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Professor Louise K. Comfort argues that a focus on creating a large homeland security department may be misplaced. She suggests that policymakers move away from a standard top-down approach to organizational control and instead focus on auto-adaptive processes that incorporate decentralized...
Faced by the continued threat of suicide bombers and other acts of terrorism, Professor Masters argues that we need a more robust and cogent policy debate about the two primary security strategies: deterrence and pre-emption. Masters suggests that the Bush administrations apparent emphasis on a...
Dr. Kamarck describes three models of government available to policy makers who must design strategies for homeland security. She argues that homeland security, like many emerging policy problems, does not lend itself to traditional bureaucratic government. Public leaders must create effective...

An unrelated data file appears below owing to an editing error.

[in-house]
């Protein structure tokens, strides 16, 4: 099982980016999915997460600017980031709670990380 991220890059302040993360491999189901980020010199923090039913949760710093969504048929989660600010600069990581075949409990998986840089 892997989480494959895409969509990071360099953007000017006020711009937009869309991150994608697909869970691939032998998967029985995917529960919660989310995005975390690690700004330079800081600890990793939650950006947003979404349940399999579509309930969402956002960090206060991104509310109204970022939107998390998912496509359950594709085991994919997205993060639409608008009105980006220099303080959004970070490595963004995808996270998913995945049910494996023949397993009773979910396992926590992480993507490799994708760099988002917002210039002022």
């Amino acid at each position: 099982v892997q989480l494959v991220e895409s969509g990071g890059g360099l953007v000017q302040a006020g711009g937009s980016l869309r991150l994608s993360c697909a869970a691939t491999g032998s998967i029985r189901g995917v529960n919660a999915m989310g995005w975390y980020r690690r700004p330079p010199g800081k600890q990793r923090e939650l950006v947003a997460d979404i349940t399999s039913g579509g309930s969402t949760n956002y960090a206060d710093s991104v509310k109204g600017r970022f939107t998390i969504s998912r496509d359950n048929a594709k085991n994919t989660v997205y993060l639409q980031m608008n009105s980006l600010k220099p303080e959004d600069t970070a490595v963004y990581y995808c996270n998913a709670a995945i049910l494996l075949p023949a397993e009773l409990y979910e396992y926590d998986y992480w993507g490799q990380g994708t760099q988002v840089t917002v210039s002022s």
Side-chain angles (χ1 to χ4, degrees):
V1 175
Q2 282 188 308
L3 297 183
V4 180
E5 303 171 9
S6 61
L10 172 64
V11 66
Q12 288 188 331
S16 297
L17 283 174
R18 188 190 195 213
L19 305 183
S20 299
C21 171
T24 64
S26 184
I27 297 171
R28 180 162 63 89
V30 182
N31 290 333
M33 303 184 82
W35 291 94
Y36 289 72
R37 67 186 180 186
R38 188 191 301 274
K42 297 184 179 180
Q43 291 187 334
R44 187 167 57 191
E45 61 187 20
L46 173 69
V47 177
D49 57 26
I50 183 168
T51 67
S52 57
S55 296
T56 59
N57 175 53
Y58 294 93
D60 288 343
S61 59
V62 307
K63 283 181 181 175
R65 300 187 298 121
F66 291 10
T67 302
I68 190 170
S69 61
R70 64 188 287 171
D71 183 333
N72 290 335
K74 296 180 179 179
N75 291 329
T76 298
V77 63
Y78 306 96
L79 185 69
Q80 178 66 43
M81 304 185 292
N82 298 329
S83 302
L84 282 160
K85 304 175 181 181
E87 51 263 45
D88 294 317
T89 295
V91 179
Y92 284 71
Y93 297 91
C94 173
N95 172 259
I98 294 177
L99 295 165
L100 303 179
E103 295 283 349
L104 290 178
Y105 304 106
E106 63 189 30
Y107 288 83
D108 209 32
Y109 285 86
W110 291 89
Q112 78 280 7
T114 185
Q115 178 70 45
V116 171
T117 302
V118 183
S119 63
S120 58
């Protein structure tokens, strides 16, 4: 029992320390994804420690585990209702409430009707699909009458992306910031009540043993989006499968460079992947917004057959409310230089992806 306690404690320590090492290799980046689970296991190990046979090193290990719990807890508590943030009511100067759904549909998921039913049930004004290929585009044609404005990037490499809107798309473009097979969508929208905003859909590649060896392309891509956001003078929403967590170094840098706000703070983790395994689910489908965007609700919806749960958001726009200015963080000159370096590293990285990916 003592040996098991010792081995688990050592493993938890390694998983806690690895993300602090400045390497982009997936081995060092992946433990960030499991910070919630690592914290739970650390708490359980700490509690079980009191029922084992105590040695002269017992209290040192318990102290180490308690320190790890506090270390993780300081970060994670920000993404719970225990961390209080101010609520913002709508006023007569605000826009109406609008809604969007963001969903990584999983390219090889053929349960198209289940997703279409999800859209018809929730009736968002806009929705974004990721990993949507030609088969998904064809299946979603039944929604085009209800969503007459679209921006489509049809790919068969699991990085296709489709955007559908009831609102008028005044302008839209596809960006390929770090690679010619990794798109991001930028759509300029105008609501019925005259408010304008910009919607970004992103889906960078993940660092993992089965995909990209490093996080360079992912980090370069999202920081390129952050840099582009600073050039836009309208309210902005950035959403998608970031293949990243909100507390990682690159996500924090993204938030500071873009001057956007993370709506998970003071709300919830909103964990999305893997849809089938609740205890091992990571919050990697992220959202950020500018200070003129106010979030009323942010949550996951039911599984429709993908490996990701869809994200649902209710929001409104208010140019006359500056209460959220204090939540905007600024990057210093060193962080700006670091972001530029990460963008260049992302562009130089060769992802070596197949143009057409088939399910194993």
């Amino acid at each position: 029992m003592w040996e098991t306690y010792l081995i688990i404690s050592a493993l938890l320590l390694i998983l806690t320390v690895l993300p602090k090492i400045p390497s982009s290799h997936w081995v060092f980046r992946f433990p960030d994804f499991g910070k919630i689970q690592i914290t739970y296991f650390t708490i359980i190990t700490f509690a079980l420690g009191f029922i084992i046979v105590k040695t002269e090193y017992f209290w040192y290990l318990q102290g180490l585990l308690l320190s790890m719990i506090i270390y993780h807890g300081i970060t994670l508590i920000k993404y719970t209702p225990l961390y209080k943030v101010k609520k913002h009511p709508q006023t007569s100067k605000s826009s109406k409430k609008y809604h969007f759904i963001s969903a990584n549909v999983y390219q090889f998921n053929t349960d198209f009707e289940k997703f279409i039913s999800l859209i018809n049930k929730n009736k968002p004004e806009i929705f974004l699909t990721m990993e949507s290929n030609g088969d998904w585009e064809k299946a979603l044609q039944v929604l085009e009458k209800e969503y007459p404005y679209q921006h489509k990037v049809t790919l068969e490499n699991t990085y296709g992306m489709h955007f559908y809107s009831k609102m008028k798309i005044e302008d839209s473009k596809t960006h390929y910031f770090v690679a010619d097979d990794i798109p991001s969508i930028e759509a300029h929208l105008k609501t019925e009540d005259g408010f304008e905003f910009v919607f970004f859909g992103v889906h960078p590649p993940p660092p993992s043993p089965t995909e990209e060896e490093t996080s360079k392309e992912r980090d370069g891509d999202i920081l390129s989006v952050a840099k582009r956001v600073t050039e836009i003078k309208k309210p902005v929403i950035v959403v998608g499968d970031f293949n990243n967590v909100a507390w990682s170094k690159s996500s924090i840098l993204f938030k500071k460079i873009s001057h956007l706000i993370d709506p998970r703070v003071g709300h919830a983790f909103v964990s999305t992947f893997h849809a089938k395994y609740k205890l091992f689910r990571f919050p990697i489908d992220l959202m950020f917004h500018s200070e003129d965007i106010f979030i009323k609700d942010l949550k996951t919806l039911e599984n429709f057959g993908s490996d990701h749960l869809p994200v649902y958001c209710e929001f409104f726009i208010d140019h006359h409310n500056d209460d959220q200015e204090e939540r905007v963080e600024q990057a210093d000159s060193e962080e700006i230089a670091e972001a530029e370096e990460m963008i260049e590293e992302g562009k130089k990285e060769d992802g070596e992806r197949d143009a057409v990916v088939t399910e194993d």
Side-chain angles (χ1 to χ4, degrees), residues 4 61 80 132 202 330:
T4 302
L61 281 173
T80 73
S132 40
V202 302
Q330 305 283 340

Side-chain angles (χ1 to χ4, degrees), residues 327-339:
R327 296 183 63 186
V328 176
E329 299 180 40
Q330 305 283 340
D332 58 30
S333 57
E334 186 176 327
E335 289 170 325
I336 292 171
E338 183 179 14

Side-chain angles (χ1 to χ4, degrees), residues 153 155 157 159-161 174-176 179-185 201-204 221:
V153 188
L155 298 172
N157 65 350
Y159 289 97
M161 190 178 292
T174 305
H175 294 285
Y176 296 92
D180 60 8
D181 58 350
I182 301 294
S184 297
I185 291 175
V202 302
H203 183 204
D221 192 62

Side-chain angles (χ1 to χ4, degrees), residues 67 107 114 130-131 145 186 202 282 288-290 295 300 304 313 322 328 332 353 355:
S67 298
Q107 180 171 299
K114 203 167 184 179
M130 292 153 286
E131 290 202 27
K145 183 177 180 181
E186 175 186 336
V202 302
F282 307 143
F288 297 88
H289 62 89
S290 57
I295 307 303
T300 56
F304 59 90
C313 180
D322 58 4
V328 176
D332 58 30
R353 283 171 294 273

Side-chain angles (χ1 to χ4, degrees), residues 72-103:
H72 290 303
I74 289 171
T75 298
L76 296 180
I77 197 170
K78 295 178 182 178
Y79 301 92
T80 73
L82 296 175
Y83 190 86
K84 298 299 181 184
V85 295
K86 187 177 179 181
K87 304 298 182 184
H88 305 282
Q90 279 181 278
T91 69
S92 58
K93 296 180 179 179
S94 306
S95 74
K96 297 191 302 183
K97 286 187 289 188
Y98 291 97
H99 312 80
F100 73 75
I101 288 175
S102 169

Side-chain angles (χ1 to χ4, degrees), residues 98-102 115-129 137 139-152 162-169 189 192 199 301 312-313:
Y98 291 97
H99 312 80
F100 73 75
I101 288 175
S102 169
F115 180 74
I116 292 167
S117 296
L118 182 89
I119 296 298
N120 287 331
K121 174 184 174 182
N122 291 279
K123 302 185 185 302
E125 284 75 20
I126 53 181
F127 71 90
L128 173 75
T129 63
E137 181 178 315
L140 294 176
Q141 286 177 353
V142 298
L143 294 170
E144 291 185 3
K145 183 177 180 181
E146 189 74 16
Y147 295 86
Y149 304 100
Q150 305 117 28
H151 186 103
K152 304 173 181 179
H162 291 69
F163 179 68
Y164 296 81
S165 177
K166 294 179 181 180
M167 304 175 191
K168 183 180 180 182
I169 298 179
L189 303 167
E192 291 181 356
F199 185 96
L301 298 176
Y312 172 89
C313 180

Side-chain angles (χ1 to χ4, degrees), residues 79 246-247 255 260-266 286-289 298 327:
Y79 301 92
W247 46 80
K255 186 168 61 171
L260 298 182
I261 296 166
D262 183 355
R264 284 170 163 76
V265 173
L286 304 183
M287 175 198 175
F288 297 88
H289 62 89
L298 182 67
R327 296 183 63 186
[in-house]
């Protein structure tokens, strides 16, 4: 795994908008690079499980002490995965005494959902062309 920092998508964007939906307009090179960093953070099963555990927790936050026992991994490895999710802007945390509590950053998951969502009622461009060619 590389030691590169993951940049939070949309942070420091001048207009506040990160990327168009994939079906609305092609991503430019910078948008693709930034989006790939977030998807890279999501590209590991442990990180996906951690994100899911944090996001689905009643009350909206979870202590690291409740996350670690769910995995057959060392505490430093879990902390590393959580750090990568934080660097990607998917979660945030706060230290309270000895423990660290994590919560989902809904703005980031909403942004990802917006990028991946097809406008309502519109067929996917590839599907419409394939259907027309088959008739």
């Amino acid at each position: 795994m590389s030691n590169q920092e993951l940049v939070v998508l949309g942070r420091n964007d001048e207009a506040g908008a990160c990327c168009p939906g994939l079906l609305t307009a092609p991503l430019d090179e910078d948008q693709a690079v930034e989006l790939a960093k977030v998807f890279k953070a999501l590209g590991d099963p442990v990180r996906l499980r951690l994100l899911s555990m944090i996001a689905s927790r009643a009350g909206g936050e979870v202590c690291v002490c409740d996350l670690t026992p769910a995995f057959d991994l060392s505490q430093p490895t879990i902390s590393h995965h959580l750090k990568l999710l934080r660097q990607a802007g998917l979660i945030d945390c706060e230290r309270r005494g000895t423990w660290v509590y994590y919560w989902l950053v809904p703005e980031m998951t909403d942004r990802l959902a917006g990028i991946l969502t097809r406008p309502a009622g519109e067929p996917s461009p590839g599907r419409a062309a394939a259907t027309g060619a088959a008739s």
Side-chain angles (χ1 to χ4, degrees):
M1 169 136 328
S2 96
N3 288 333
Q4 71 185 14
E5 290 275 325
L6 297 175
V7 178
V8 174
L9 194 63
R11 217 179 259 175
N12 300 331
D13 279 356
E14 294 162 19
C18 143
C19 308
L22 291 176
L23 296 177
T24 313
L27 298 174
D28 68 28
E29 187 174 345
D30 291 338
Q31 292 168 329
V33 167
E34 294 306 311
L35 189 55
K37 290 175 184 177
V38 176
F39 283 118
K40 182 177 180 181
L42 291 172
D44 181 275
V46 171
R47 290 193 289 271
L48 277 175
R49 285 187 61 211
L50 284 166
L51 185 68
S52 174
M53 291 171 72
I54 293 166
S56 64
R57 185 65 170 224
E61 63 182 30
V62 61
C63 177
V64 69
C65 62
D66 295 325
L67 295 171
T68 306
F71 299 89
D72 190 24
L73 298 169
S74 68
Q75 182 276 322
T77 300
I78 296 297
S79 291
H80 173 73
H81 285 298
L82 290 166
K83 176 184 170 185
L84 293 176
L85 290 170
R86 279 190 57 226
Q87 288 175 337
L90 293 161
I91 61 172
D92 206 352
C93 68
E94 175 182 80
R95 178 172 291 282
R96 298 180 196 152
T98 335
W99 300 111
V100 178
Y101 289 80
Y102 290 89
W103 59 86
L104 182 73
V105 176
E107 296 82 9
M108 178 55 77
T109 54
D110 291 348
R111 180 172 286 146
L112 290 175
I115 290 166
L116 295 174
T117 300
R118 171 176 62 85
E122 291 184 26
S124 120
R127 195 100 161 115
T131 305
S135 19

Professor Harknett argues that the Bush administration has incorrectly labeled the security threat facing the nation as terrorism. The threat is actually barbarism, which implies an effort to destroy as an end itself rather than as a means to pursue political objectives. Traditional models of...
Professor Demchak criticizes the current Homeland Security Agency proposal as a convenient piling together of overstretched small agencies. After identifying principles appropriate for designing complex systems, she then applies these principles for strategies to strengthen U.S. domestic...
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